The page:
ORRVILLE: Smith Dairy stopped home delivery of milk in 1998, something the longtime company initiated in 1909.

For the 21st century, the family-owned Orrville dairy company is now delivering a much different product to the public: compressed natural gas, or CNG, dispensed solely at a nearly $1.5 million fueling station just off Main Street near its corporate headquarters.

Smith Dairy officially unveiled its CNG fueling island Wednesday afternoon. The company also showed off its six CNG-powered delivery trucks and invited other businesses with CNG vehicles to the event.

The company wanted to continue its longtime commitment to being environmentally friendly while also taking advantage of an abundant and inexpensive fuel supply, speakers said.

“It’s clean. It’s the cleanest-burning hydrocarbon there is,” said Steven Schmid, president of Dairy Enterprises Inc., Smith Dairy’s corporate parent. “We want to help more people have a better carbon footprint.”

The station currently sells CNG at the equivalent gasoline price of $1.95 per gallon. The station is open 24 hours a day, seven days a week and takes credit cards. The natural gas comes in via a normal gas pipeline buried under the street and is compressed on site using two made-in-Ohio Ariel Corp. gas compressors.

The company made a deliberate decision to make the fueling station available to the general public, Schmid said.

Helping the environment was the top priority behind the station, he said. “Once it’s out of the ground, it’s better for the environment.”

The second priority was making sure the fueling station and eventual conversion of Smith Dairy’s vehicle fleet — encompassing hundreds of trucks and cars — made economic sense, he said.

Smith Dairy paid for the facility and trucks from its own corporate funds, executives said.

Wednesday’s event included free scoops of Smith Dairy’s Ruggles ice cream for onlookers, employees and dignitaries who included Todd Snitchler, the chairman of the Public Utilities Commission of Ohio; Orrville Mayor Dave Handwerk, and Craig Butler from Gov. John Kasich’s office.

Chesapeake Energy Corp., which is at the early stages of drilling Ohio’s Utica shale for oil and gas, displayed its Chesapeake CNG Chopper, billed as the world’s first natural gas-powered chopper. The blue motorcycle was hand-built in 2009 by custom builders Orange County Choppers and featured on the reality show American Chopper. (No one was allowed to ride the bike, but its V-twin engine was started up.)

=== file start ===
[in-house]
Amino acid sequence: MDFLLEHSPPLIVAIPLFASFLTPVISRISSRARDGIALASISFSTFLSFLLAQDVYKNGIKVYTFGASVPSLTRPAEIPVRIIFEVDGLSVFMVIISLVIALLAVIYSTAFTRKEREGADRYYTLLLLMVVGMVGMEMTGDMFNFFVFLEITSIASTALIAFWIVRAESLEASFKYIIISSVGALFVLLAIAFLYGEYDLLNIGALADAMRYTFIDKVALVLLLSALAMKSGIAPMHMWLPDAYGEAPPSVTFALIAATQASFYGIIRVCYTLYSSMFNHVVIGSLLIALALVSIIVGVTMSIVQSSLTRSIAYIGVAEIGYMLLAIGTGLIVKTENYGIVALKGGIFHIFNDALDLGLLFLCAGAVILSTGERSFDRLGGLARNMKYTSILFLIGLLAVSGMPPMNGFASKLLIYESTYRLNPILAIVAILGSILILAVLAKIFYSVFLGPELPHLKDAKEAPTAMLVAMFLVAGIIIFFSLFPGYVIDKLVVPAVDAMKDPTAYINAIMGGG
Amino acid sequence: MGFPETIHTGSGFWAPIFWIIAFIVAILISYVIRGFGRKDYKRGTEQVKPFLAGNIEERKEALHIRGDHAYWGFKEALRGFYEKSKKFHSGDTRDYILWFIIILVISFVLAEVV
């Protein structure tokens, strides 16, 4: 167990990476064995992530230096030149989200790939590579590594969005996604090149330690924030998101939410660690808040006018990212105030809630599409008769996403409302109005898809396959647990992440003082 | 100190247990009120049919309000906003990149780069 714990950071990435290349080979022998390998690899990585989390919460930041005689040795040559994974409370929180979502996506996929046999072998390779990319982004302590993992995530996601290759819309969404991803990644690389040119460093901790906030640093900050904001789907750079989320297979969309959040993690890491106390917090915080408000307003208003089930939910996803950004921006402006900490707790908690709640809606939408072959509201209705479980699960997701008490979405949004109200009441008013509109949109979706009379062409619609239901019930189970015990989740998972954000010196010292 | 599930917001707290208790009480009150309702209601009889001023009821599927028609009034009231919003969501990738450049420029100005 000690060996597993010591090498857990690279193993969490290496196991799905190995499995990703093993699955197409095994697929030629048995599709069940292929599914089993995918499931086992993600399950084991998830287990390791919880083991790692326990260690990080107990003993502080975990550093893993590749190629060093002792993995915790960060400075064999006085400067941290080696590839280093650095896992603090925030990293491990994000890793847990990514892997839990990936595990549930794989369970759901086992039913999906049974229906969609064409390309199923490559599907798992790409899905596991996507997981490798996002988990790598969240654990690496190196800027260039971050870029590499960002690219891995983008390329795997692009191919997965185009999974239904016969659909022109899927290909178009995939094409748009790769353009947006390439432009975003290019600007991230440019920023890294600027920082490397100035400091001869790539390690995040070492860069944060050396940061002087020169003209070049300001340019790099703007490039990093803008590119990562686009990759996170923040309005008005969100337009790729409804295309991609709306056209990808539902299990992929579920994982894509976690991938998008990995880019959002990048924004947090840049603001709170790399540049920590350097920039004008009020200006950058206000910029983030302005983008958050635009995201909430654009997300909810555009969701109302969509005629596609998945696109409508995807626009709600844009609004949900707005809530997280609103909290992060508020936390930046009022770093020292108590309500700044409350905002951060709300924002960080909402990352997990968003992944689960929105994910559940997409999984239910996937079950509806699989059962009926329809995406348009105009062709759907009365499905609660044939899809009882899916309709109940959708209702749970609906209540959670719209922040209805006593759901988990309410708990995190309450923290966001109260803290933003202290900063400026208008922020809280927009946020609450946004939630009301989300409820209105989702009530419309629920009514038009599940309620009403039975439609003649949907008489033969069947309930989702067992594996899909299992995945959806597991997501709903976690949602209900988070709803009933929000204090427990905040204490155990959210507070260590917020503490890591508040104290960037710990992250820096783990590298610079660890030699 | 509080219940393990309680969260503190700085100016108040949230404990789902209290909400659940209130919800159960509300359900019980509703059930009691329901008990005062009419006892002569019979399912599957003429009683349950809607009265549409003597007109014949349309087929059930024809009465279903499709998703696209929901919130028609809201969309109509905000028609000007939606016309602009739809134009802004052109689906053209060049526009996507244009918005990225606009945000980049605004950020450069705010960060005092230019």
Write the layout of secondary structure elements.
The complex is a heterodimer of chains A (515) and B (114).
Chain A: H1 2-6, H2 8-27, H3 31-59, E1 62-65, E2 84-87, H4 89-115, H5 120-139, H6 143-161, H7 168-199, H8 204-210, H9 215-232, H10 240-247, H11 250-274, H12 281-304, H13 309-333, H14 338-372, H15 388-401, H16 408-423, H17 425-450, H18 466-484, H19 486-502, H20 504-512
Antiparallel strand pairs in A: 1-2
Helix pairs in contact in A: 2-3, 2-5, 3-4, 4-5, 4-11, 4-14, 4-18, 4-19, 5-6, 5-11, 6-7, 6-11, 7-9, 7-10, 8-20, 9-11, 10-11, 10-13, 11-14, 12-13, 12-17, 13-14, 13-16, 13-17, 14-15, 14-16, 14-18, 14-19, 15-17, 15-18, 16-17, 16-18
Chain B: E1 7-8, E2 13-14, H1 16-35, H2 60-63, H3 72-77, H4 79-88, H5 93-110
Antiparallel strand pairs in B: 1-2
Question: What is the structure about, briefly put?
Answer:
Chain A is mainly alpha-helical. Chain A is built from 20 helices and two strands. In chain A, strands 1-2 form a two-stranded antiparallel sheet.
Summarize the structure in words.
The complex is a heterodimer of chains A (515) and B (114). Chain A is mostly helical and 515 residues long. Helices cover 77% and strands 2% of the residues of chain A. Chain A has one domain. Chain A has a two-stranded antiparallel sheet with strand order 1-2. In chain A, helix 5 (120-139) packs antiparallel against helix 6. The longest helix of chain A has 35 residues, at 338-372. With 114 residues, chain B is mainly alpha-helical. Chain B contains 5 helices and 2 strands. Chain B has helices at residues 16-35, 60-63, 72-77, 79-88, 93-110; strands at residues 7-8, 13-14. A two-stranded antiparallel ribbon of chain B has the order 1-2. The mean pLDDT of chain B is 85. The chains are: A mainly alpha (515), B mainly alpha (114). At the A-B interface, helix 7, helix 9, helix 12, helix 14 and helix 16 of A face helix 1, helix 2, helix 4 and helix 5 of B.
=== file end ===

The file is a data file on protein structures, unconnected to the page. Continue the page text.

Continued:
Guests said that Smith Dairy is among those businesses at the early stages of taking advantage of a long-term glut of natural gas unlocked from the use of hydraulic fracturing, or fracking, and horizontal drilling of deep, vast underground veins of oil shale.

A Smith Dairy “sustainability team” started to explore alternate fuel vehicles a couple of years ago and soon decided that compressed natural gas made the best sense.

“And now you see the outcome of those efforts,” said Chuck Diehl, Smith Dairy’s fleet maintenance manager.

Smith Dairy expects to phase out all of its diesel vehicles by 2030, he said. The replacement vehicles may be CNG powered or use some other technology by then, he said.

The current CNG-powered trucks cost $45,000 more apiece than their diesel equivalents and went into service in July, Diehl said. But the lower price of natural gas compared to diesel favors the CNG engines paying for the difference in two to three years, while Smith Dairy typically keeps its trucks 10 to 12 years, he said.

Each of the six Smith Dairy trucks carries two, 42-gallon CNG tanks that allow for a 300-mile driving range — one to two days’ use — before needing to be refueled.

Because compressed natural gas now is half the price of an equivalent amount of diesel fuel, that spurs economic decisions, said Tim Boyle, manager, business development with ANGI Energy Systems. ANGI helped Smith Dairy with the fueling station project.

“You are going to see a lot of these trucks in Northeast Ohio,” Diehl said.

The CNG-powered trucks can be spotted by reading the numbers displayed on the tractor cabins, he said.

“Units 333 to 338. You can look for them,” Diehl said.

Jim Mackinnon can be reached at 330-996-3544 or jmackinnon@thebeaconjournal.com.